Admit it. No matter how many times you've taken a flight, the quick up-and-down, side-to-side jolts brought by airplane turbulence can cause a tinge of panic. Now new research has found turbulence could become more severe, enough to heave passengers and crew across an airplane, as more carbon dioxide seeps into our atmosphere. Researchers form the University of Reading found severe and moderate-to-severe turbulence will more than double as a result of expected increases in carbon dioxide levels in the atmosphere. The research, published in the journal Advances in Atmospheric Sciences, used supercomputer simulations to test how turbulence will change at 39,000 feet when the levels of carbon dioxide doubles. Author Dr. Paul Williams said that level is expected by century's end.
See more from USA Today HERE:
(Photo: Thatpichai, Getty Images/iStockphoto via USAToday)

________________________________________________________________________"Court Rules California Climate Payments Aren’t Taxes"
State judges told the California Chamber of Commerce on Thursday that its members don’t have a right to pollute, rejecting claims by its attorneys that payments required to release greenhouse gases under a marquee climate program are a kind of tax. The state appeals court ruling could have profound implications for the future of the state’s embattled cap-and-trade program, making it more likely to survive beyond 2020, when it could help the state meet some of the world’s most ambitious climate targets.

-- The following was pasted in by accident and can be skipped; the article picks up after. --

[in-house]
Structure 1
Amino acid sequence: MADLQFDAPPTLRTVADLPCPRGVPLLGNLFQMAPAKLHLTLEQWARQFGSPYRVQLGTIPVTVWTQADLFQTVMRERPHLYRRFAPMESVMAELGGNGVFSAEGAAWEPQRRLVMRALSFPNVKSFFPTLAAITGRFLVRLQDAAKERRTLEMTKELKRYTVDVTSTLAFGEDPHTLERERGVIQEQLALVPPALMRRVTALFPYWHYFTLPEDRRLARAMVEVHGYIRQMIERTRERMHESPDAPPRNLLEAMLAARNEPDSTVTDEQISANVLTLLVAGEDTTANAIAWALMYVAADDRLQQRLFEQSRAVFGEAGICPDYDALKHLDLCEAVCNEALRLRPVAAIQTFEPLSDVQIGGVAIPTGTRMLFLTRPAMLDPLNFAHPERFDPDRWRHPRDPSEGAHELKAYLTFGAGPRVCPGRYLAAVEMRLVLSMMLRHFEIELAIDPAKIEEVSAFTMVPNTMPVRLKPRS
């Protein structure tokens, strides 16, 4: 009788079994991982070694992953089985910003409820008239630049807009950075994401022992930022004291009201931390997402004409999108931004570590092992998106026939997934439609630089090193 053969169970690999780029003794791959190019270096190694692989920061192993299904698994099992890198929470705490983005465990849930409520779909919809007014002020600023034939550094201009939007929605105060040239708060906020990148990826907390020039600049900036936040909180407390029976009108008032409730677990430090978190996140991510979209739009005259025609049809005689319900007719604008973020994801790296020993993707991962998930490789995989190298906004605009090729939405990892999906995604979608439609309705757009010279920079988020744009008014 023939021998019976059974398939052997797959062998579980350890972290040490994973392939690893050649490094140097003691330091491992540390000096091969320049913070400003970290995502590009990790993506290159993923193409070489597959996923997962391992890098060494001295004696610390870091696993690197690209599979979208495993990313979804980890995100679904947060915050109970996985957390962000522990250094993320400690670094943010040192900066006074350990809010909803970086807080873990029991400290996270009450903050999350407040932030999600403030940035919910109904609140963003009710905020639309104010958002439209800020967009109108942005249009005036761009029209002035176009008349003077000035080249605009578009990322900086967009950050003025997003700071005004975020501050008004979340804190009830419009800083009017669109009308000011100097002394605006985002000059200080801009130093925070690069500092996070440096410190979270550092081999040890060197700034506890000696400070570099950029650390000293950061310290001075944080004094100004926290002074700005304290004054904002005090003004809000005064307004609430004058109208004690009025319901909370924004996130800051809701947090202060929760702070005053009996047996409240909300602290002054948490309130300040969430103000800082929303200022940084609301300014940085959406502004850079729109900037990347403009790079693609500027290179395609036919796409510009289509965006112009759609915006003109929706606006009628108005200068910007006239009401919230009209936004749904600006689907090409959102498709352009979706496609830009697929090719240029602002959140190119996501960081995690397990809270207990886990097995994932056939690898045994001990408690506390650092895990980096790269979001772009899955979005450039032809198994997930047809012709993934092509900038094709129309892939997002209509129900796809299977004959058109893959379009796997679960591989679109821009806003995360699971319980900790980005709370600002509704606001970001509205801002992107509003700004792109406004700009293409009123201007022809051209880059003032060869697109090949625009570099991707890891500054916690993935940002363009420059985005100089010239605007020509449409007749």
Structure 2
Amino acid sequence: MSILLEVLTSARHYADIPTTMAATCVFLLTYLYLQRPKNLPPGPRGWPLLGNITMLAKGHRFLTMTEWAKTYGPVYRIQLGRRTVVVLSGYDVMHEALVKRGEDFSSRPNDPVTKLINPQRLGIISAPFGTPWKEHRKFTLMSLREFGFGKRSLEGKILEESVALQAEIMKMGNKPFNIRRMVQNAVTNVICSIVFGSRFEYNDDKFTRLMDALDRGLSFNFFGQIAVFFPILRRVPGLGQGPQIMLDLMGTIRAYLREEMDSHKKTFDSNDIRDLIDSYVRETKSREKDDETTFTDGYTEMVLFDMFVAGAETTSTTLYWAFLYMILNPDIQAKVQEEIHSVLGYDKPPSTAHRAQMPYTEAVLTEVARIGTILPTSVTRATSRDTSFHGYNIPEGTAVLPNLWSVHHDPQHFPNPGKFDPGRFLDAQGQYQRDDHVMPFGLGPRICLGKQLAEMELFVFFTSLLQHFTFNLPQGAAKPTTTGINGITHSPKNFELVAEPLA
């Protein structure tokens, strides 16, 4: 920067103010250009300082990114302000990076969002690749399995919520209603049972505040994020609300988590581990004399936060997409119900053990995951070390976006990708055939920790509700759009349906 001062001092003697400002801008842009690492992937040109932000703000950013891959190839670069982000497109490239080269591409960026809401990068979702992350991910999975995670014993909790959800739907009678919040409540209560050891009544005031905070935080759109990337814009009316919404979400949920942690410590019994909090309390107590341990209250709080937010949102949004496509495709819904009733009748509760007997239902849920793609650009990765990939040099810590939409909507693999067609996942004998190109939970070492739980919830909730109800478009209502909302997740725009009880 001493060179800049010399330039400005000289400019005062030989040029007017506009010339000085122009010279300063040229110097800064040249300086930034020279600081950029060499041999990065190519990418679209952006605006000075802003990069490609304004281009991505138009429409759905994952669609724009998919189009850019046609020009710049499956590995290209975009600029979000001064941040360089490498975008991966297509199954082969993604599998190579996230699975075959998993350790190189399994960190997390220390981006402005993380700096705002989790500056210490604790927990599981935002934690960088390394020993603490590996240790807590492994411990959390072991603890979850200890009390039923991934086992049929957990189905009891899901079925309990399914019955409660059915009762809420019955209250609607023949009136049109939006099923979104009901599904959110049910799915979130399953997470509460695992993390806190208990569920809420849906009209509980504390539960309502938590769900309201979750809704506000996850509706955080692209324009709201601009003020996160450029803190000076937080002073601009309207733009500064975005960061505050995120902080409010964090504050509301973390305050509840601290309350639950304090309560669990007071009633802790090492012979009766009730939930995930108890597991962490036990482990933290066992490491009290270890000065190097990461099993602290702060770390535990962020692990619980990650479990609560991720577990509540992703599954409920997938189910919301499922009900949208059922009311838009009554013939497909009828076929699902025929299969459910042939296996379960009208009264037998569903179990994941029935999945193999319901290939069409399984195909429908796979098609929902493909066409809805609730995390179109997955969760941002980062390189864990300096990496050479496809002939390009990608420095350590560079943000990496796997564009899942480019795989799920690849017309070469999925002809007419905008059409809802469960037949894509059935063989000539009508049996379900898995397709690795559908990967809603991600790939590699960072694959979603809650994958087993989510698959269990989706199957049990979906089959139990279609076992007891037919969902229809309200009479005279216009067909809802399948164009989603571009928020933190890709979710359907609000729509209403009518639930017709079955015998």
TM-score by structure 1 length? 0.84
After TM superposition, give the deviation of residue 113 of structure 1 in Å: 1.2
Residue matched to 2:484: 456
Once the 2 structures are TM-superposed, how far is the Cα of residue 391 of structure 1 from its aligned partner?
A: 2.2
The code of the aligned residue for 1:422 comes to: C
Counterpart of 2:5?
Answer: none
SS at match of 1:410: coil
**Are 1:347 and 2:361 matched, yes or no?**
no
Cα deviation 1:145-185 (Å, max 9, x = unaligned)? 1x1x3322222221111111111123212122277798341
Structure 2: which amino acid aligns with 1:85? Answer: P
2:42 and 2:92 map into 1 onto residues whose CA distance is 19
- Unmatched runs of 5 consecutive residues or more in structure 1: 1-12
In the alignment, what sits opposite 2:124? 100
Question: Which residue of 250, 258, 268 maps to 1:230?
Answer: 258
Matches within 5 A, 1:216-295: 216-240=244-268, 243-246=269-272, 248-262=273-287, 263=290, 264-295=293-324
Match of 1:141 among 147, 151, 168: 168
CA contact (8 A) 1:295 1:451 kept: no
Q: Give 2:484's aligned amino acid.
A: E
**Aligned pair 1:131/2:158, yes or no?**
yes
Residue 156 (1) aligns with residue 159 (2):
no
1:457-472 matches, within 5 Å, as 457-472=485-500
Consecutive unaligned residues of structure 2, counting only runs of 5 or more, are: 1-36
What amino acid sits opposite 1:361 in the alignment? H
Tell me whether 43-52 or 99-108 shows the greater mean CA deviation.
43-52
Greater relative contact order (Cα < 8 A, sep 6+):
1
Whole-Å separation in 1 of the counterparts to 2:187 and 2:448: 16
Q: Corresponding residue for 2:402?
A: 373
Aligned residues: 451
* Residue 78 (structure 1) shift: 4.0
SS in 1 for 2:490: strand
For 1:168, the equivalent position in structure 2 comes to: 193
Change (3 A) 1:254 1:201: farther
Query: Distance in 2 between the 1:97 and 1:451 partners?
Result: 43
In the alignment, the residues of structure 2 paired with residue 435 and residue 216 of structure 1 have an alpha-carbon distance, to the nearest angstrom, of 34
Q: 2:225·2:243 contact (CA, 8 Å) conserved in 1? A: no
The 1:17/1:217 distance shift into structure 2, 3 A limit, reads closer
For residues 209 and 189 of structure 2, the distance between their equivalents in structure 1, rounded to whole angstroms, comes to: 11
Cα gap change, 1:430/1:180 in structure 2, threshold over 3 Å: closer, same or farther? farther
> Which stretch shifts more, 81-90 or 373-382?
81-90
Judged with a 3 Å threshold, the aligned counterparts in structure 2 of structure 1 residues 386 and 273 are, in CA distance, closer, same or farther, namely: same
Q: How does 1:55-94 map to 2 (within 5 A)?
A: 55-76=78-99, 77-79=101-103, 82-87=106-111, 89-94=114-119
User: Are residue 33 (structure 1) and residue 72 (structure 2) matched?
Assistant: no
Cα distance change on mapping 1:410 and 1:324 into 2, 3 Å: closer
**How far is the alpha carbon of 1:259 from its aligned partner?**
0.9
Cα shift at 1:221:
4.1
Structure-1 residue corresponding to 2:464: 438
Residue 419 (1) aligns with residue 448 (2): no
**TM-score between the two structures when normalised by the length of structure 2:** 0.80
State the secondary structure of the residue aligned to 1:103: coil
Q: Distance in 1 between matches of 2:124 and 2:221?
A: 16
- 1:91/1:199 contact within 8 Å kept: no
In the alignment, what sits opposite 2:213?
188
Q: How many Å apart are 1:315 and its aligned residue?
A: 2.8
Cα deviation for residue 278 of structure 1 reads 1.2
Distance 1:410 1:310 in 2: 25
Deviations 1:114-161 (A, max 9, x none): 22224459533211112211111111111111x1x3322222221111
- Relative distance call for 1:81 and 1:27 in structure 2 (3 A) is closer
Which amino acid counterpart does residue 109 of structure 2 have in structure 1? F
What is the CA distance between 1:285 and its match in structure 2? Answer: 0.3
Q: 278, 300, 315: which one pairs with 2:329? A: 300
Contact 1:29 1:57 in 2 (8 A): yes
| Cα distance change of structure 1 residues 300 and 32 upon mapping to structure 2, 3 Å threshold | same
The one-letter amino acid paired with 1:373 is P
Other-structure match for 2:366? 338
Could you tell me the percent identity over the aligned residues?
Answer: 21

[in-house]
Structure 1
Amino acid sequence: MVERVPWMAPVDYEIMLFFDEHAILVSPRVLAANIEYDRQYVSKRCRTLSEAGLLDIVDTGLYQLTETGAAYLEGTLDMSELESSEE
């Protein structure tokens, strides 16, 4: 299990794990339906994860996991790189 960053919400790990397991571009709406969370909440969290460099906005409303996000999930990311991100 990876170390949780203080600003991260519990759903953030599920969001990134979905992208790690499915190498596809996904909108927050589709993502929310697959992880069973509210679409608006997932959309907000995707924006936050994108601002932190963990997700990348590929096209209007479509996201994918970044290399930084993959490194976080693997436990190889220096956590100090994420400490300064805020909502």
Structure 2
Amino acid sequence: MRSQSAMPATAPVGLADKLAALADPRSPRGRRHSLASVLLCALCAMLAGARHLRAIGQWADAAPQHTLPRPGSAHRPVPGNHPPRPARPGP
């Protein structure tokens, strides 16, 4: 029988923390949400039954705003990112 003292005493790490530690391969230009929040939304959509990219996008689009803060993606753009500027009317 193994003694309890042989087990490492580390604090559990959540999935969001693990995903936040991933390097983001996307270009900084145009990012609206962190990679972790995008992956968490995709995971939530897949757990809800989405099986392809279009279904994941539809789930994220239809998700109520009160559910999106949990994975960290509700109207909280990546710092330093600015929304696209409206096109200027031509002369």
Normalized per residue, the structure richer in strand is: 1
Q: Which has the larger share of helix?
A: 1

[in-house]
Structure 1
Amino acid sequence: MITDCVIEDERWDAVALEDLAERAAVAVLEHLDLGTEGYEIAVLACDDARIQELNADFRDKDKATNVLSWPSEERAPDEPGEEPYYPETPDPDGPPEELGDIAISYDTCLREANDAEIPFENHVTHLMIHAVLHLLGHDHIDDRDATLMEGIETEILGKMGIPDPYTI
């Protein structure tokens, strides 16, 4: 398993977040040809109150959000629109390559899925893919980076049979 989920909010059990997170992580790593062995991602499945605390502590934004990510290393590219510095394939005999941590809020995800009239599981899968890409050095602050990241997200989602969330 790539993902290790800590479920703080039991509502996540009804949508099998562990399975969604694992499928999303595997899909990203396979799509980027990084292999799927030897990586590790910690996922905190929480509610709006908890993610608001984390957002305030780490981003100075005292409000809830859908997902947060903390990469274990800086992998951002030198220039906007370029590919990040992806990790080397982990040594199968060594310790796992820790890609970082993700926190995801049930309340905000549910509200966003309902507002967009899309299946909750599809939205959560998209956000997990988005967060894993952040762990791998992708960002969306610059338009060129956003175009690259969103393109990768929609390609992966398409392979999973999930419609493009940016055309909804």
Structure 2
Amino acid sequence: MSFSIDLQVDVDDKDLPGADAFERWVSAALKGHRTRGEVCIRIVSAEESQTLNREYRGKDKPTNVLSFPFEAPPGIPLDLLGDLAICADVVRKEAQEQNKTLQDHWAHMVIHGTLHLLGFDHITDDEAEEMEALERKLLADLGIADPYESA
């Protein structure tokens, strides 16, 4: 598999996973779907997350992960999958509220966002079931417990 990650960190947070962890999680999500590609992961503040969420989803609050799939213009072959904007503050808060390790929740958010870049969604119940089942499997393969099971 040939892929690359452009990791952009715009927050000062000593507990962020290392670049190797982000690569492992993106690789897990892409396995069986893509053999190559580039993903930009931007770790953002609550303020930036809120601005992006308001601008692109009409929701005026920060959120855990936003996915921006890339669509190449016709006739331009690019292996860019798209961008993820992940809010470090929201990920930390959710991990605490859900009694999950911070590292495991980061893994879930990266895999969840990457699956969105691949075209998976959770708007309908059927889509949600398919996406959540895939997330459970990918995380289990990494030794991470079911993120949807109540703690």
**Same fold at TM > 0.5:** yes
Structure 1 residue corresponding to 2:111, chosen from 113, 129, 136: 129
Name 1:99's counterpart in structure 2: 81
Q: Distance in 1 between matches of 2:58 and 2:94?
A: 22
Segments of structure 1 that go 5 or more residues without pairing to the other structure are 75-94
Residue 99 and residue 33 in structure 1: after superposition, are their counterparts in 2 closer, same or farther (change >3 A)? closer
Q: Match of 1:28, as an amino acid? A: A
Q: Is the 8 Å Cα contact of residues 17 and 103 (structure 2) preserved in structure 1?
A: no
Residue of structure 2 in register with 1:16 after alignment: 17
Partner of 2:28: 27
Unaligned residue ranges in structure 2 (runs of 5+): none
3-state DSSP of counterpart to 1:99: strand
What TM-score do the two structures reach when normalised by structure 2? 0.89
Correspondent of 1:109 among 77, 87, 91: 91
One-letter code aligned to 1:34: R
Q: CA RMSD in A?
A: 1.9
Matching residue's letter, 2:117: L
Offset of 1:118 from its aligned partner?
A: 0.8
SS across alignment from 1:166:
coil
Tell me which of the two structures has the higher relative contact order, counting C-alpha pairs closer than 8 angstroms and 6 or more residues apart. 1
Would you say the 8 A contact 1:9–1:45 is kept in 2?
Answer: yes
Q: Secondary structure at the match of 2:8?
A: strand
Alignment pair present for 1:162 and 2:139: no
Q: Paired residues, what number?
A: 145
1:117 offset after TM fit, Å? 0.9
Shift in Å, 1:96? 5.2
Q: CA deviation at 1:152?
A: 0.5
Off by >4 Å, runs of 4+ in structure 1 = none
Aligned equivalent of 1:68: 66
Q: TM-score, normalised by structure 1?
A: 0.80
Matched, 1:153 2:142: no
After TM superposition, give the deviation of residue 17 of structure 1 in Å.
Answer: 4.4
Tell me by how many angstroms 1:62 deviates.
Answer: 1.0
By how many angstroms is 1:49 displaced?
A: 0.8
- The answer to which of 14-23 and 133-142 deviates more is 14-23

(Air pollution in Los Angeles. Credit: Prayitno/flickr via Climate Central)

_____________________________________________________________________________"Climate change: three of Australia’s big four banks reviewing exposure to fossil fuels"
Three of Australia’s big four banks are reviewing their exposure to fossil fuels, including their lending practices to households and farmers, in response to climate change. The Commonwealth Bank is conducting a “detailed climate policy review” that will be released publicly pending board approval, and NAB has a working group reviewing the risks from global temperatures rising two degrees. ANZ is conducting portfolio analysis to identify changes in the financial position of business customers in sectors “most exposed” to climate change. It is also working with the Bureau of Meteorology to understand variability in average annual rainfall over recent decades to understand how climate change is affecting Australia’s traditional farming areas.